I've ordered a new Music & Arts CD of Sergei Podobedov playing the complete piano music of Boris Gregoriyevich Goltz (1913-1942), who died in Leningrad during the blockade and siege. It includes a set of 24 preludes, Op. 2, and the Scherzo in E-minor that Sofronitsky recorded after the war.

The iconic Russian pianist Vladimir Sofronitsky likely knew Goltz from his Leningrad Conservatory days. In 1949 Sofronitsky recorded two pieces by Goltz, a prelude and scherzo both in E-minor, the only ones I've ever heard. Shostakovich had been evacuated to Moscow, and later to Tashkent. In March 1942, ten days after arriving from Leningrad, he wrote his friend Isaac Glikman from Moscow that he had heard of the deaths in Leningrad of Goltz, Kalafati, Fradkin, Budyakovsky, and several other composers, including Veniamin Fleishman, his student, whose opera "Rothschild's Violin" Shostakovich completed and scored. This fills in another lacuna in Russian piano history, and keeps Goltz's name alive for a little longer.

In reply to an earlier post on 13 Jul 2009, 01:34:14 BST
marmalady says:
Crumbs, I haven't heard of any of those, Piso. I do remember from a thread here a while ago that the list of Russian composers is a very long one. I really have to sleep, but might be able to say more tomorrow.

In reply to an earlier post on 13 Jul 2009, 02:34:52 BST
Last edited by the author on 13 Jul 2009, 02:36:41 BST
Edgar Self says:
Not to worry, Bryher, the only one I'd heard of is Kalafati. Goltz and Fleishman I know only by accident and through the Shostakovich literature. Buon' notte.

The roster of Russian and Soviet composers is very large, often supported by the state and an excellent conservatory system, and interesting in that they developed largely outside the influence of Central Europe.

Posted on 13 Jul 2009, 11:29:25 BST
Last edited by the author on 13 Jul 2009, 11:54:53 BST
Ooh, it's the 13th. Pocket money day. Hurrah!

The Tallis Scholars sing Tallis, incl. Spem In Alium. - Thanks Bryher.
Saariaho: Notes on Light
Rautavaara: Cantus Arcticus/Piano Concerto No 1
Rautavaara: Piano Concerto Nos. 2 & 3
Eat Static: Back to Earth

Who needs Classical Music?: Cultural Choice and Musical Values - Julian Johnson - An Is it Art? book.
Music: Healing the Rift - Ivan Hewitt - Examines the differences bettween the different musical tradition - a subject close to my eclecticist heart.
Cutural Amnesia: Notes from the Margin of My Time - Clive James - A great and gracious wit, and indeed a wonderful poet and erstwhile songwriter.
Dada: Art and Anti-Art - Hans Richter

The Fall - Purely on spec from the reviews. Cheap enough to take a chance.

Aaaaah! Late addition. Just accidentally pressed the button on the just discovered Naxos complete Bachianas Brasilieras by Villa Lobos. The samples bought a little tears to my eye.

Right, Stop! Stop! Stop! or the Inquisition will come knocking. Pocket money day is definitely finished.

In reply to an earlier post on 13 Jul 2009, 12:37:23 BST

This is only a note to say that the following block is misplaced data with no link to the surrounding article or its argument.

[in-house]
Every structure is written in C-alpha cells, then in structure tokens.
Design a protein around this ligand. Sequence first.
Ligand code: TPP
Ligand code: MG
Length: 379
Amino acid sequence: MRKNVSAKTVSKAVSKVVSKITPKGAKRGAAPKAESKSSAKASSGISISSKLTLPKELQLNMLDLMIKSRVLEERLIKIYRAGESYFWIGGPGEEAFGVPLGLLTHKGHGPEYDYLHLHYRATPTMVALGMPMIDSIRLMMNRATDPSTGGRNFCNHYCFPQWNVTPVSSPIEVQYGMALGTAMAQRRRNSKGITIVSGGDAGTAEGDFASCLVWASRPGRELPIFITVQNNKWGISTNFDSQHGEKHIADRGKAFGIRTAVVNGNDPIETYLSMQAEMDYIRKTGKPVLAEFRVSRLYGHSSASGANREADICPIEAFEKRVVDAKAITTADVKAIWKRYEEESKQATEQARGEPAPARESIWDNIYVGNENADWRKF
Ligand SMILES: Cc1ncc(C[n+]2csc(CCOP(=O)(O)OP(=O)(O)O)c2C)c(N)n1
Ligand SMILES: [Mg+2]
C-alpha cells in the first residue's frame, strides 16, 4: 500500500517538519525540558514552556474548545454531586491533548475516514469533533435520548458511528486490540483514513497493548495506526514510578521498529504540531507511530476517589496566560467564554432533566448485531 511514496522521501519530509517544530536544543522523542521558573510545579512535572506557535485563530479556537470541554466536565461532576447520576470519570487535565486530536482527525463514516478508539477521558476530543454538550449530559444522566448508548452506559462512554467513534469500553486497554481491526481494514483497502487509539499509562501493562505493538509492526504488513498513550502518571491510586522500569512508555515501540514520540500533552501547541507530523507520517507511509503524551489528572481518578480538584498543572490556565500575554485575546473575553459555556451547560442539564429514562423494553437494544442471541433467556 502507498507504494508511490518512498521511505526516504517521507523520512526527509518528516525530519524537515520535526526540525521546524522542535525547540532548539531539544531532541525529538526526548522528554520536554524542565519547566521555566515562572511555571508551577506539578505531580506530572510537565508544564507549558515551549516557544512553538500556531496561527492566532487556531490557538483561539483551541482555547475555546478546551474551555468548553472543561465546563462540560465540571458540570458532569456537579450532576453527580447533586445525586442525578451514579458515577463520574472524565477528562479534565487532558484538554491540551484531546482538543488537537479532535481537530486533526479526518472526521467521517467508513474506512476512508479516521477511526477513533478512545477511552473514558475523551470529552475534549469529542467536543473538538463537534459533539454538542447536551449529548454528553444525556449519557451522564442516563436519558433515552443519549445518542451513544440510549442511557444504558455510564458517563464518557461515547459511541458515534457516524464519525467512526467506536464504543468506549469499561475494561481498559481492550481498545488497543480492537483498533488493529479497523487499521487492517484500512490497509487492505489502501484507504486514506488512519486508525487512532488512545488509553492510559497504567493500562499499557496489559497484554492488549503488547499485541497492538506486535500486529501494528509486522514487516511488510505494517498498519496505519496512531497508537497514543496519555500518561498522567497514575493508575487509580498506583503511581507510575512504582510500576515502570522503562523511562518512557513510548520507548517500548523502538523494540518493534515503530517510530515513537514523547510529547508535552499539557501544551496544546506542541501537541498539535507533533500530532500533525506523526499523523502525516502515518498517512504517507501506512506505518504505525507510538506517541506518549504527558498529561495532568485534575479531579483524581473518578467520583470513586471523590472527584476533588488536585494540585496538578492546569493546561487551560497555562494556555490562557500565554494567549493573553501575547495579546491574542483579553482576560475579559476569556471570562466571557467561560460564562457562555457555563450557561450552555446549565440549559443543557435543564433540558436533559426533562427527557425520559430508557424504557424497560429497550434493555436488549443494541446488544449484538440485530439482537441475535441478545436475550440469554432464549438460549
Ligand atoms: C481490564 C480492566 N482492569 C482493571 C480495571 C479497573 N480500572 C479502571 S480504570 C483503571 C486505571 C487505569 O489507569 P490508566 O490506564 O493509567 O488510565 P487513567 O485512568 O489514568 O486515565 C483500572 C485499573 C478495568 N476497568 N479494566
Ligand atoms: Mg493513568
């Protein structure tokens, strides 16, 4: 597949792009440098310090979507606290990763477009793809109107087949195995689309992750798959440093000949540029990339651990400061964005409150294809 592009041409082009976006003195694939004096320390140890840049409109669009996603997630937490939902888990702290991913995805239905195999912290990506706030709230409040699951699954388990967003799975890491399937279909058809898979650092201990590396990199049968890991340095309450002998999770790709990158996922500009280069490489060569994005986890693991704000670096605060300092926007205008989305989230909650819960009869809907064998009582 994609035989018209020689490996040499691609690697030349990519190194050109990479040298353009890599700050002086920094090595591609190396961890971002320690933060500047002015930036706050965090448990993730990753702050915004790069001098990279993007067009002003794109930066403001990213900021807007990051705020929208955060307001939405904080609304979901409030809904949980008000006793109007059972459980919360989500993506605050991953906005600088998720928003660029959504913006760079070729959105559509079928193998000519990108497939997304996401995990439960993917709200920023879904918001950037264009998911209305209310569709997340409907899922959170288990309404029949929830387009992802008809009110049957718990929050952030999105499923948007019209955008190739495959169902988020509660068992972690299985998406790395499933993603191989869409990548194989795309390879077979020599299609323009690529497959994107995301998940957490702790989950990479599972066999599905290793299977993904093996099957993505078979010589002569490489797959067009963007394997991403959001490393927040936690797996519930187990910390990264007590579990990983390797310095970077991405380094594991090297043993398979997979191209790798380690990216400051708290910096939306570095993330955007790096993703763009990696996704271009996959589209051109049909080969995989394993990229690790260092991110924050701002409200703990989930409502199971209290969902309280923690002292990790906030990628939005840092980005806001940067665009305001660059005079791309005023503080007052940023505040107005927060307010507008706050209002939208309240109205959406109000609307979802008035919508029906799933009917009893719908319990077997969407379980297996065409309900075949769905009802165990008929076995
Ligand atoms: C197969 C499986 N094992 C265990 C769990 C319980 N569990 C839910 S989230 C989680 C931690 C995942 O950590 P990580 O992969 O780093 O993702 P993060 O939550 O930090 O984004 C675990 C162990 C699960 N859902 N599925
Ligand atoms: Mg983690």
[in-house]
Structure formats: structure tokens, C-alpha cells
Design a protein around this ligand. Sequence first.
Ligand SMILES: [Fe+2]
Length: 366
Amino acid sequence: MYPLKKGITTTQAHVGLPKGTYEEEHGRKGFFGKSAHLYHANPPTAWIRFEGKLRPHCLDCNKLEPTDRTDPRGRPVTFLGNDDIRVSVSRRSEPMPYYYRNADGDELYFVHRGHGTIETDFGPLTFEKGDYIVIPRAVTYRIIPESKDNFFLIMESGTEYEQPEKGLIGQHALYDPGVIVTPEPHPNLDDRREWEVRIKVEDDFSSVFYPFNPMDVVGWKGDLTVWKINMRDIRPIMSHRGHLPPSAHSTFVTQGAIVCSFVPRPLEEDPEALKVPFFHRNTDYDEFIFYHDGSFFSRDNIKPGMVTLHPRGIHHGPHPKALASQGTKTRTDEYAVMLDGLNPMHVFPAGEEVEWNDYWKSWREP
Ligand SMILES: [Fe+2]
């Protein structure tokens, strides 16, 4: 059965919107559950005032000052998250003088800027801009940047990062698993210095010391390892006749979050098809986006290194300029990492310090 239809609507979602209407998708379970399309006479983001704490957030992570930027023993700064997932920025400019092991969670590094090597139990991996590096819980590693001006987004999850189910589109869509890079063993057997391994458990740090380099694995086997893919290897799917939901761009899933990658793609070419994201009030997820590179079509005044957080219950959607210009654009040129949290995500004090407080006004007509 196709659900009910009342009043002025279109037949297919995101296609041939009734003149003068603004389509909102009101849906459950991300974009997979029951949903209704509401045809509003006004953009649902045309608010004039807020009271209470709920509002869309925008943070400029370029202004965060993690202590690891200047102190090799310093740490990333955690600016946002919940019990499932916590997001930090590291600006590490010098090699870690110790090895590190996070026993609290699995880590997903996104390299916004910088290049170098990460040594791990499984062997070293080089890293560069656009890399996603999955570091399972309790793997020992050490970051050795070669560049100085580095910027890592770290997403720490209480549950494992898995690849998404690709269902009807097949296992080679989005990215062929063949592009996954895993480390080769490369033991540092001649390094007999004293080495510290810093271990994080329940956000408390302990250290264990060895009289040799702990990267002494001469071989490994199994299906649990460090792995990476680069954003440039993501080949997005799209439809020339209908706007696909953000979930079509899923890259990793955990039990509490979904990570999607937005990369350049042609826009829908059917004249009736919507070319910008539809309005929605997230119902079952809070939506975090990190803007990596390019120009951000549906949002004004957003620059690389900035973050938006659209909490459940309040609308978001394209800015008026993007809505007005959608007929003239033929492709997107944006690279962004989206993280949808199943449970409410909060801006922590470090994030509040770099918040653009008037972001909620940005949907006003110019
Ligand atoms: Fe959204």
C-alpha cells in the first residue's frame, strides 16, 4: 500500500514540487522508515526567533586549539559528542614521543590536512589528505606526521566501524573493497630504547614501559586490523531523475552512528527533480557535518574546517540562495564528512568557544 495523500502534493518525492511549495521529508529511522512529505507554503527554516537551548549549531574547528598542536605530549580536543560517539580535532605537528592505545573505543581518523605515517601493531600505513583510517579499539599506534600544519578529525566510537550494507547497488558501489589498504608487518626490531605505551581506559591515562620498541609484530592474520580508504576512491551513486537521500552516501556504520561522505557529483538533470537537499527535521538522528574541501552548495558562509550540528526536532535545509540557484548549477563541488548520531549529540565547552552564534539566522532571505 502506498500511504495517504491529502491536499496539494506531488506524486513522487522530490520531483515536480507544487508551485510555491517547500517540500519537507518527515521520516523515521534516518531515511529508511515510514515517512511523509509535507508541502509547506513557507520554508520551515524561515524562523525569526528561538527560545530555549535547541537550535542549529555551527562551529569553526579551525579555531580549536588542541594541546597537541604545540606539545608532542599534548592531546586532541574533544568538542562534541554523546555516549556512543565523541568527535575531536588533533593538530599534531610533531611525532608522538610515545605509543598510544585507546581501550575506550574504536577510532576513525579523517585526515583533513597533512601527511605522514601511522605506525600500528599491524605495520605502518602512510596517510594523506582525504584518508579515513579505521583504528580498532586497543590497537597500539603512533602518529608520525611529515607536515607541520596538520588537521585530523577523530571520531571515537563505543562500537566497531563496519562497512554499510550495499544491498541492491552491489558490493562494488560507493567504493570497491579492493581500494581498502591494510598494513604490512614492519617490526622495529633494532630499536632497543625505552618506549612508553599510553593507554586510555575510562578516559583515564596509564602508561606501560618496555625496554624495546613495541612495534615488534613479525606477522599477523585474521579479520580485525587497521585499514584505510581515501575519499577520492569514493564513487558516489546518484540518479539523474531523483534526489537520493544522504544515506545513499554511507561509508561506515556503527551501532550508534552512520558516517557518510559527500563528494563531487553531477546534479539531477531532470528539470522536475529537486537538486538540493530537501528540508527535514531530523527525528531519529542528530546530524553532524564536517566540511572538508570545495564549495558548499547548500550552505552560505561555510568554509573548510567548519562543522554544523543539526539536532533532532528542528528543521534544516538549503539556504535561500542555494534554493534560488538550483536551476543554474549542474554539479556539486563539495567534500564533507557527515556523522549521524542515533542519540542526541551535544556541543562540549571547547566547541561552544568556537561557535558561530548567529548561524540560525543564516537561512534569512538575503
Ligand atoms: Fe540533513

Last edited by the author on 15 Jul 2009, 11:11:16 BST
Mondoro says:
VINCENT - being despatched today, courtesy our sponsors
Update - arrived today (15 July) via an Amazon seller - very impressive service!

Posted on 14 Jul 2009, 22:31:07 BST
Edgar Self says:
The two early symphonies by Richard Wagner, which I've not heard in ages, both together on Denon by Tokyo PO and a Japanese conductor. C-major in only two movements, and E-major in four, which he revised late in life for a performance in Bayreuth. Prompted by a question from Adam and despite Basil's comments.

Posted on 20 Jul 2009, 20:08:14 BST
Edgar Self says:
Re-ordered Hans Rott's Symphony for Strings in A-flat and string quartet in C minor from another vendor, as the first I ordered it from couldn't find it and we had to cancel that order. But MacDoom has a copy now, and I've got to keep up with the Van Doorns. The Joneses can look after themselves.

Besides Rott's epochal Symphony in E, of which I have five recordings, I also have the string quartet and three overtures or preludes, none of which is as striking as the symphony, but I'm still looking and want to hear whatever remains by him.

The one other work that has made as strong an impression on me of late is Andre Mathieu's fourth piano concerto (1950), as everyone knows by now. Alain Lefevre and George Hanson, world-premiere recording by Tucson SO for Analekta, the Canadian label.

Posted on 20 Jul 2009, 20:18:45 BST
Hello all. I am awaiting delivery of 'Das Lied Von Der Erde' (Urmana/Schade/Boulez with the Vienna PO on DG) - a recording that presumably polarises opinion (as it is Boulez).

Posted on 24 Jul 2009, 16:26:16 BST
Philip says:
Shostakovich Symphonies 4-9. Gergiev.

Czerny. Piano Sonatas Volume 1. Martin Jones (Nimbus label).

Posted on 29 Jul 2009, 12:56:16 BST
Philip says:
Friedrich Kuhlau
Overture: Elverhoj Op 100 / Piano Concerto in C Op 7 /Concertino for 2 Horns & Orch Op 45. Unicorn label.

Richter Edition Volumes 1, 7, 9 & 10.

Russian Archives, Sviatoslav Richter (5 CD)